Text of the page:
When you walk down the tiny streets of Riga, visiting churches, gazing at beautiful homes resembling “gingerbread houses”, you don’t think of history. Although, you will hear of Swedish Livonia, Russian Empire rule, Soviet rule, German rule, but you won’t ponder on what it meant for Latvians. Beautiful streets, fairy-tale houses, monuments and friendly locals set you for positive vibes. But then you are suddenly stunned by the harsh, strict, giant, cold and overwhelming Museum of the Occupation of Latvia.
It leaps out at you when you least expect it and with its rough, modernist beauty, makes you want to come in and simultaneously allows you to prepare yourself for a museum where you will witness how the lives of Latvians were shattered time and again throughout history. But, until 2018, you won’t be able to see the collection in the impressive building – it is awaiting reconstruction. You can walk 15 minutes to the temporary quarters of the museum in Raiga bulvaris 7. Entry is by donation and you can have a guided tour for just 3 euro. Don’t hesitate and take the tour – it will not only let you fully appreciate the collection (not all the information is available in English), but will bring history to life since all guides have personal or family stories connected to the occupation period!
The museum was established in 1993 exactly for that – to bring history to life. During the occupation (by the USSR (1940), then by Nazi Germany (1941), and then again by the USSR (1944-1991), history served totalitarian ideologies: censorship removed or distorted historical events, hushed up facts and put a gloss on grim reality. The mission of the Museum of the Occupation is to put the historical record straight, recollect and exhibit artifacts and archives in accordance with the museum’s motto: Remembering, Commemorating, Reminding. From 1993 to 2012 the Museum was housed in a memorial-museum for the Latvian Red Riflemen. Ironically the building was erected April 16, 1970 in honor of the 100th anniversary of the birth of Lenin.
The Museum is financially and politically independent, it fully relies on donor support and as for any private institution it is a blessing and a curse. From 2012 the Museum future was up in the air, but due to mountain of effort by the Occupation Museum Association of Latvia, the Museum will come back and become even more comprehensive, sensorial and inclusive.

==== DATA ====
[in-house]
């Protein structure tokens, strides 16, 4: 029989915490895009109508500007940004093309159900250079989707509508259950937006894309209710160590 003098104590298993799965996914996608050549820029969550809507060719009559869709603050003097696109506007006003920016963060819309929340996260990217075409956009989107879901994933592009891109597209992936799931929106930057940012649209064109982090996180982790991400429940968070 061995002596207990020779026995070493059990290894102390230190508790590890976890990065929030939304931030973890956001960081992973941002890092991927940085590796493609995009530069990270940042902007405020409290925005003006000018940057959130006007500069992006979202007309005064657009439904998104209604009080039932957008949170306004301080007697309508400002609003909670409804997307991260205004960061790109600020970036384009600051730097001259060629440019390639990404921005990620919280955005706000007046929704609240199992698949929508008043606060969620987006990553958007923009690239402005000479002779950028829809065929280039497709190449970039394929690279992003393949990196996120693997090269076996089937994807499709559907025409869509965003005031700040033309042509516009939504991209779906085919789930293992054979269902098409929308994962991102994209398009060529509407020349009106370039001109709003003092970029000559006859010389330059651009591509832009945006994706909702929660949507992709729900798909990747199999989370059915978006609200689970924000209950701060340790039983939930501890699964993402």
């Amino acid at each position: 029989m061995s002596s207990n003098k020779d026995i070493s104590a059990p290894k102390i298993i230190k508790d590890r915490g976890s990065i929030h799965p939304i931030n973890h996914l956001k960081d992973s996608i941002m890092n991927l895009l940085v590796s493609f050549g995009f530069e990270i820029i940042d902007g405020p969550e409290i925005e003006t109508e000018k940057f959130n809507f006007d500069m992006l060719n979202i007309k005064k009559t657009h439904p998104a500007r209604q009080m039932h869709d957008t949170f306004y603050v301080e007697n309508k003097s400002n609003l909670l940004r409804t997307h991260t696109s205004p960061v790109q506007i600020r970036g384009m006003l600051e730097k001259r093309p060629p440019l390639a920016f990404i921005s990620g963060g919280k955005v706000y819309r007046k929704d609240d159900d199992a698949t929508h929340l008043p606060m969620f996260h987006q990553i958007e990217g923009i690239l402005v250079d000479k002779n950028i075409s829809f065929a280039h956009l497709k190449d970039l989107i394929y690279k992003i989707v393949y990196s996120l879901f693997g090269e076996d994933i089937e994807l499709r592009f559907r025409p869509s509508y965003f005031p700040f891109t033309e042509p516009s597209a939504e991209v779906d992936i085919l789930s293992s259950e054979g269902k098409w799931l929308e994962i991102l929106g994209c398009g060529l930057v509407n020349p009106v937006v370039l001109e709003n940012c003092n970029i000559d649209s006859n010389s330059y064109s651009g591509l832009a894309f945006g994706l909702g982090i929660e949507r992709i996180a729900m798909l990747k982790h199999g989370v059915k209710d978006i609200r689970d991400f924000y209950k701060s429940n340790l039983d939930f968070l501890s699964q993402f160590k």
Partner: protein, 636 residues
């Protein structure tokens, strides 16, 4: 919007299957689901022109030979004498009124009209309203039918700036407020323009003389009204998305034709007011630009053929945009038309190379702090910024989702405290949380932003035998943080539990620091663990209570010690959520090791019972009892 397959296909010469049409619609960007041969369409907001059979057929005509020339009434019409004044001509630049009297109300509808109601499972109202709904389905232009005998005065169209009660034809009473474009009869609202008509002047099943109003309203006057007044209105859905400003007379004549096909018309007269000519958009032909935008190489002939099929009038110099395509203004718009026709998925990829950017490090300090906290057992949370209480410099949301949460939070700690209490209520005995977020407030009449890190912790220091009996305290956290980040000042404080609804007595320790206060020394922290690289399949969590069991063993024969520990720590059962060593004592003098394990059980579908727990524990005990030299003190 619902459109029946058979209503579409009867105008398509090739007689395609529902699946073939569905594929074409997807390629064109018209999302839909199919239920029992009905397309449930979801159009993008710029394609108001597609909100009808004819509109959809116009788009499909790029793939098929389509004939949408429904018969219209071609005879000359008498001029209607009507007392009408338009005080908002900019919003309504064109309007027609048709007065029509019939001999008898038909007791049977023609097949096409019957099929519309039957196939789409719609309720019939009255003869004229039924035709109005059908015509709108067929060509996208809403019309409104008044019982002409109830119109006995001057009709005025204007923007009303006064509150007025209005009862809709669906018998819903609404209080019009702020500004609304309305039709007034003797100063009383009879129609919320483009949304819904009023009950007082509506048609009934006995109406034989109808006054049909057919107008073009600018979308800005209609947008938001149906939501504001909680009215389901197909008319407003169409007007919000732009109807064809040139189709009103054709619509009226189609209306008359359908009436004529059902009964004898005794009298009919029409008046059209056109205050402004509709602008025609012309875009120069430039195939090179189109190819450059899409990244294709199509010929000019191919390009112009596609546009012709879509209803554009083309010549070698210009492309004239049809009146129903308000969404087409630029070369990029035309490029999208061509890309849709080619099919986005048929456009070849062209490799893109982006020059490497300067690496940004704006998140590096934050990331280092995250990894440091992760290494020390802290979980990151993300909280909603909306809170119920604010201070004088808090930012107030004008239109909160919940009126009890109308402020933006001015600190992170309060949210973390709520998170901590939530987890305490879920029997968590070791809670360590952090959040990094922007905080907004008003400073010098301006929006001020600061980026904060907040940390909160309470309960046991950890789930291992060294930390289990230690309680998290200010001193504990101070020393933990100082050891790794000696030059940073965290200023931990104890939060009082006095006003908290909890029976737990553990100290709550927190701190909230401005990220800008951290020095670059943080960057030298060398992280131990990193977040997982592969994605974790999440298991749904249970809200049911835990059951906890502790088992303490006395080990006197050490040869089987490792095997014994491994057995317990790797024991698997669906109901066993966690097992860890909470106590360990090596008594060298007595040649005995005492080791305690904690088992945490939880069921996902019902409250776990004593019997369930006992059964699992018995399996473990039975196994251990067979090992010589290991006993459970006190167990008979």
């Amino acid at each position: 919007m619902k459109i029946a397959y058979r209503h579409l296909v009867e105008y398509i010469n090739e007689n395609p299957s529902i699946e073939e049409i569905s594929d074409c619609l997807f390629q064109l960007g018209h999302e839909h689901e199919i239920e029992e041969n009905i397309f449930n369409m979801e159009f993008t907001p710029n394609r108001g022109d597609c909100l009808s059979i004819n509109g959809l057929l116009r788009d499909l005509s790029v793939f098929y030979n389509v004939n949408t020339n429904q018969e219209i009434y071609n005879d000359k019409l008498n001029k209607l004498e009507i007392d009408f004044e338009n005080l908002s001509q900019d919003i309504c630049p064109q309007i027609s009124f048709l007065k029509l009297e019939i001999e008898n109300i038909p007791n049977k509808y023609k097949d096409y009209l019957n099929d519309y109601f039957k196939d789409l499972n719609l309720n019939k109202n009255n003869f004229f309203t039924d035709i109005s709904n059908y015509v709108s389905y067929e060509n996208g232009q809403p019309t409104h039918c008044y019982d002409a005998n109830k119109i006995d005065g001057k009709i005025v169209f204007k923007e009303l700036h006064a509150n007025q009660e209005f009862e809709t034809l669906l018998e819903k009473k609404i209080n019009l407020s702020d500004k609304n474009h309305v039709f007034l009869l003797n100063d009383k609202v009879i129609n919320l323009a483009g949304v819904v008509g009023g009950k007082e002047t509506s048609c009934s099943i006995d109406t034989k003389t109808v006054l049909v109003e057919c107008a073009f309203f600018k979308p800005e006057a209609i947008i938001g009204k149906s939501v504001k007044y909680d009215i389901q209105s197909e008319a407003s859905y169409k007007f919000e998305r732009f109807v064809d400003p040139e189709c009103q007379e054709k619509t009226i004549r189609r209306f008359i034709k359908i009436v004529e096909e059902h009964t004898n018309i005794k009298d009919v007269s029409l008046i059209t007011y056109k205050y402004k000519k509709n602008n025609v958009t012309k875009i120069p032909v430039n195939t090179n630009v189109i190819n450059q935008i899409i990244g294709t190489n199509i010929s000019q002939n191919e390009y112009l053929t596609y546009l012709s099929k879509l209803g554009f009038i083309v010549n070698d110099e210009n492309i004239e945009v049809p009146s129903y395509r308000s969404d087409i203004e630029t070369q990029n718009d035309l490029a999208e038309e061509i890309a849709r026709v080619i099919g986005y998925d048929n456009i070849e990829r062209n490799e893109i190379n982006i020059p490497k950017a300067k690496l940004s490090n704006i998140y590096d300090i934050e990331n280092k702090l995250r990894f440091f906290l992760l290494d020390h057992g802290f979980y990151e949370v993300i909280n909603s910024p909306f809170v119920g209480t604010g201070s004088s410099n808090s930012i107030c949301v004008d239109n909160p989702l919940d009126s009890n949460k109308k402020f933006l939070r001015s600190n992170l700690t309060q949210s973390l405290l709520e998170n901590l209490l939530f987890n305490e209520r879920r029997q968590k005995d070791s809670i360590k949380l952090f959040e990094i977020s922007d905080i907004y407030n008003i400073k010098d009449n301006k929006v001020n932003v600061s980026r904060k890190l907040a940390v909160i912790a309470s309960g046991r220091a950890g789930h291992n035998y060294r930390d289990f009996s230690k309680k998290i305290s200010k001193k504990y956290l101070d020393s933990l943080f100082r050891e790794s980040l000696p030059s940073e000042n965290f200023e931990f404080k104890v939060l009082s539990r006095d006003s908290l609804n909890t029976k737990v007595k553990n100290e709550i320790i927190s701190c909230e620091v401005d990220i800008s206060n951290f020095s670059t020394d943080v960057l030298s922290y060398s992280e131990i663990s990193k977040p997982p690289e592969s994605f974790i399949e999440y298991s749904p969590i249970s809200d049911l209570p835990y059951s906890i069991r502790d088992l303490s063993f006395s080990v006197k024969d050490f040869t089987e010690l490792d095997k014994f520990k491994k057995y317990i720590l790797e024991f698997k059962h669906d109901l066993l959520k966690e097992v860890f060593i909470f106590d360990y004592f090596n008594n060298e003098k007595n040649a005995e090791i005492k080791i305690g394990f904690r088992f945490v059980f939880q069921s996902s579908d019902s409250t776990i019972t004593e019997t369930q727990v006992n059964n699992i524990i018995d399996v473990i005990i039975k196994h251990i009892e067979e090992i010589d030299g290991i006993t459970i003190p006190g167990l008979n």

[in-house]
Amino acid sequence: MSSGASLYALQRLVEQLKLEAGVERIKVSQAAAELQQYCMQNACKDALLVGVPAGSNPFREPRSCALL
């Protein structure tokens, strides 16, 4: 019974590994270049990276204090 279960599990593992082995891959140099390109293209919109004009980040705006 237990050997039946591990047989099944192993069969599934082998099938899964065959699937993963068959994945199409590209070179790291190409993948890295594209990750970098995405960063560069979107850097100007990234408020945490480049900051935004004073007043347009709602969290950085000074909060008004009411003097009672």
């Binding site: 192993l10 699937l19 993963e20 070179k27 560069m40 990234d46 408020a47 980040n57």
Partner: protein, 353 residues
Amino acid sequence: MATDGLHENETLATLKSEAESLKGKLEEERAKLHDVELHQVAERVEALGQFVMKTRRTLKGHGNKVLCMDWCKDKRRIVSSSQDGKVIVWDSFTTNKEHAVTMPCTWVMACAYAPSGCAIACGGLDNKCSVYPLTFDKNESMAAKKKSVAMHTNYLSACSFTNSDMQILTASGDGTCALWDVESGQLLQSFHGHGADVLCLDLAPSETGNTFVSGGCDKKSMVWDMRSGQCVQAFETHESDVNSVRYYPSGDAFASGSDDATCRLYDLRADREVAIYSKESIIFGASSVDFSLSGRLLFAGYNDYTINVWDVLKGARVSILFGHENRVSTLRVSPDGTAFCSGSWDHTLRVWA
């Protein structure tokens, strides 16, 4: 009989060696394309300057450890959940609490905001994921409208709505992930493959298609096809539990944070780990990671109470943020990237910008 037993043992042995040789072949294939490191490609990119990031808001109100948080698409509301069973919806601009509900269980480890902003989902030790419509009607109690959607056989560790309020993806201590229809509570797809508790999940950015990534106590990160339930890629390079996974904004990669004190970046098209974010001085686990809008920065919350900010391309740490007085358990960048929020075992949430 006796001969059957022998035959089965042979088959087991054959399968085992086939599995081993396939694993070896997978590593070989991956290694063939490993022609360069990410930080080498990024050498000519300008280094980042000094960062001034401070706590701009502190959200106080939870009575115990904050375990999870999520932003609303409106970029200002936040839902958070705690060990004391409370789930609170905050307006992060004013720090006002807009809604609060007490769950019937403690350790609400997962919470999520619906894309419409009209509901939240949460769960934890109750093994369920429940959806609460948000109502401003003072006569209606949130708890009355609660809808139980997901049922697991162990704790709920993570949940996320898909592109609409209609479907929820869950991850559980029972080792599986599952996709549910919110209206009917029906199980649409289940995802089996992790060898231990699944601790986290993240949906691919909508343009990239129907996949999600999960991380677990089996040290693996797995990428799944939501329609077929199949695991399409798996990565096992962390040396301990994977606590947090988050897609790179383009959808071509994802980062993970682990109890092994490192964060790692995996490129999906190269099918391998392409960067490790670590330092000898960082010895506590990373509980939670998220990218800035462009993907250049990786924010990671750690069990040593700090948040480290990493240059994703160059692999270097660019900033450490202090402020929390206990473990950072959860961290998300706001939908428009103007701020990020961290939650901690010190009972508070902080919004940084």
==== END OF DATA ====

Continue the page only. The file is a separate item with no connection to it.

Valters Nollendorfs – Chairman Occupation Museum Association of Latvia:
“The way has finally been cleared for the remodeling and expansion of the Museum's “Building for the Future.” The scheduled completion date is October 2018, just in time for Latvia's 100th birthday. It has been a very bumpy fifteen-year ride.
The building was designed by the distinguished Latvian-American architect Gunnar Birkerts, who is also the author of the new National Library building in Riga. He presented his vision to remodel the existing Soviet-era Museum and build an addition for the Occupation Museum in 2001. From the dark past to the bright present and translucent future was his metaphor.
The design was approved in 2008, but the world-wide financial crisis prevented it from being implemented. In 2011, the Latvian government, which owns the building, decided to restart the project. It was supposed to be finished by 2014. However, several architectural companies with low bids could not finish the technical plans, moreover, some prominent Latvian architects objected to the project claiming that it would destroy a priceless monument of Soviet Modernism. Although the State Inspection for Heritage Protection and the Riga Historical Center Protection and Development Council approved the design, the Riga City Building Office insisted on vaguely described changes and refused to issue a building permit.
Finally, on 20 September 2016, the Latvian Parliament, the Saeima, passed an amendment to the Law on the Museum of the Occupation of Latvia granting it and the projected adjacent Memorial of the Victims of the Soviet Regime the status of “objects of national significance” and transferring the functions of the Building Office to the Ministry of Environmental Protection and Regional Development. Thus there is reasonable hope that under the aegis of the Republic of Latvia the Museum will finally have a permanent hope with a new, modern exhibition in 2018 and that Gunnar Birkerts' metaphor will become architectural reality”.
We cannot wait to see the new Museum home and the full collection. The museum never stopped putting together artifacts, testimonials, materials, facts. Currently there are about 55,000 items, including about 2500 video testimonies. And while we wait for the old/new Museum home to be renovated, we suggest that you visit the Museum’s temporary home. By the way its history is also interesting: the building was an eye hospital in the 19th century, and served as the Riga Mayor administration office from the late 1930s. It was the US Embassy in Latvia from the 1990s to 2011. There you can watch the translated testimonial videos with interviews of the people, who outlived two oppressive regimes to tell us their stories. While in the museum, look around, maybe those, who fought for Latvia’s independence in 1940-1991 are in this room right next to the schoolkids that come out of the museum with bigger appreciation for their country’s independence.